FD in Five Minutes: Simon Hawkins

Third Sector speaks to the finance director at Bowel Cancer UK

Simon Hawkins
Simon Hawkins

Why did you choose finance as a career? I had always been good with numbers, so my dad suggested I send my CV to some local accountancy firms. I was fortunate enough to be offered an opportunity at an incredibly supportive practice and I soon realised that I loved the job. Thirty years later, I have very fond memories of that whole experience.

What is the proudest moment of your career so far? I was heavily involved in the process that saw the merger of Beating Bowel Cancer and Bowel Cancer UK at the start of 2018. My role included due diligence looking at the respective financial strengths of both charities, and working with key people to determine initial budgets and assess the viability of the overall transaction. It has proven to be an amazing learning experience and, a year on, we are now in a great place to continue to move the new charity forward.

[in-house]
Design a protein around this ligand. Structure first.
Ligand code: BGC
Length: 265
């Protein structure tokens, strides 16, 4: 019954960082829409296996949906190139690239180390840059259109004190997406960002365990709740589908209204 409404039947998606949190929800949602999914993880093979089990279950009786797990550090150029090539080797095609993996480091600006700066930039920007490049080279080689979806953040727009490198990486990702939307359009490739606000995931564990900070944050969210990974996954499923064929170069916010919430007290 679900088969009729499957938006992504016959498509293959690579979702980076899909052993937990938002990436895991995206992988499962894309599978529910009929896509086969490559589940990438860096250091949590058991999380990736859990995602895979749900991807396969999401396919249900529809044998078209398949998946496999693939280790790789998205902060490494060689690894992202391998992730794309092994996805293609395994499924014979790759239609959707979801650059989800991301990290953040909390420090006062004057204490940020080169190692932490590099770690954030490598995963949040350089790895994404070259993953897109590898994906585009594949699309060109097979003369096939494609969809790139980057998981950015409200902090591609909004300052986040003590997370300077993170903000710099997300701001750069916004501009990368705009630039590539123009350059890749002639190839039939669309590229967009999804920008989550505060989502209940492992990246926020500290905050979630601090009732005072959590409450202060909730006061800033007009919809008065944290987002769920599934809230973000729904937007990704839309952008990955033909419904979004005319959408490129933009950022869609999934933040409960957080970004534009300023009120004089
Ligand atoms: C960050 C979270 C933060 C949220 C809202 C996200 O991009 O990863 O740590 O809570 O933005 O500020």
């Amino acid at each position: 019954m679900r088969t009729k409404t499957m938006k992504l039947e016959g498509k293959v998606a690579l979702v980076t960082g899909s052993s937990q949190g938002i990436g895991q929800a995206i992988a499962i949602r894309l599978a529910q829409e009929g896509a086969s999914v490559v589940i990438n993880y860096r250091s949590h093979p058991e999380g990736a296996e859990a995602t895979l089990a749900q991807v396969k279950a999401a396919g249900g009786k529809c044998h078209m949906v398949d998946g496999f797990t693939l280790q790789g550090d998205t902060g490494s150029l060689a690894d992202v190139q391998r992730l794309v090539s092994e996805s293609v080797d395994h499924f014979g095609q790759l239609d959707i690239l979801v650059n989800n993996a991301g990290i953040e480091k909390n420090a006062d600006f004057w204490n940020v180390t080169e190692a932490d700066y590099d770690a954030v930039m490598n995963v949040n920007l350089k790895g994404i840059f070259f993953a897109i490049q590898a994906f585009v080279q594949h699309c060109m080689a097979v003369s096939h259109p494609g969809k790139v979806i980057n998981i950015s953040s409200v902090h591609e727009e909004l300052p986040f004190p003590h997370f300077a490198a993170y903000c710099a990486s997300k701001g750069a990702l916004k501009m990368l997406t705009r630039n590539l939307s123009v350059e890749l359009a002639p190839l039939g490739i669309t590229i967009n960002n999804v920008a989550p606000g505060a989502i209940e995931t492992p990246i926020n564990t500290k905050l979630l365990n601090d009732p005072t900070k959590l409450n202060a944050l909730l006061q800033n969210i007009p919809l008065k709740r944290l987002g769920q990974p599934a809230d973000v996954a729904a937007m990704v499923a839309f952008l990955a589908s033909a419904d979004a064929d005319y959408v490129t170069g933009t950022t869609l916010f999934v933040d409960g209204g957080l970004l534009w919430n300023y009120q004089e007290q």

What do you do outside work? I am a keen follower of most of what goes on in the sporting world, with a particular interest in football (I support Bristol City), cricket and athletics. I endeavour to stay fit and run regularly. I have an allotment, a dog, three children and host radio programmes on a local station, having presented my own weekend breakfast show in the early noughties.

Who has been the biggest influence on your career/life so far? My dad was always good counsel over any career decisions that I’ve made. My first boss helped to give me good grounding as I started my career. And my current manager Deborah Alsina, chief executive of Bowel Cancer UK, has been a great influence too, in terms of always putting the people we support at the heart of every move we make as a charity.

If you were charities minister for the day, what one thing would you do? Really listen to what the charity sector has to say. It employs so many amazing people who make positive change every day for their beneficiaries here and overseas, and sometimes the way government gets involved only makes things more difficult for charities to operate and do what they are here for.

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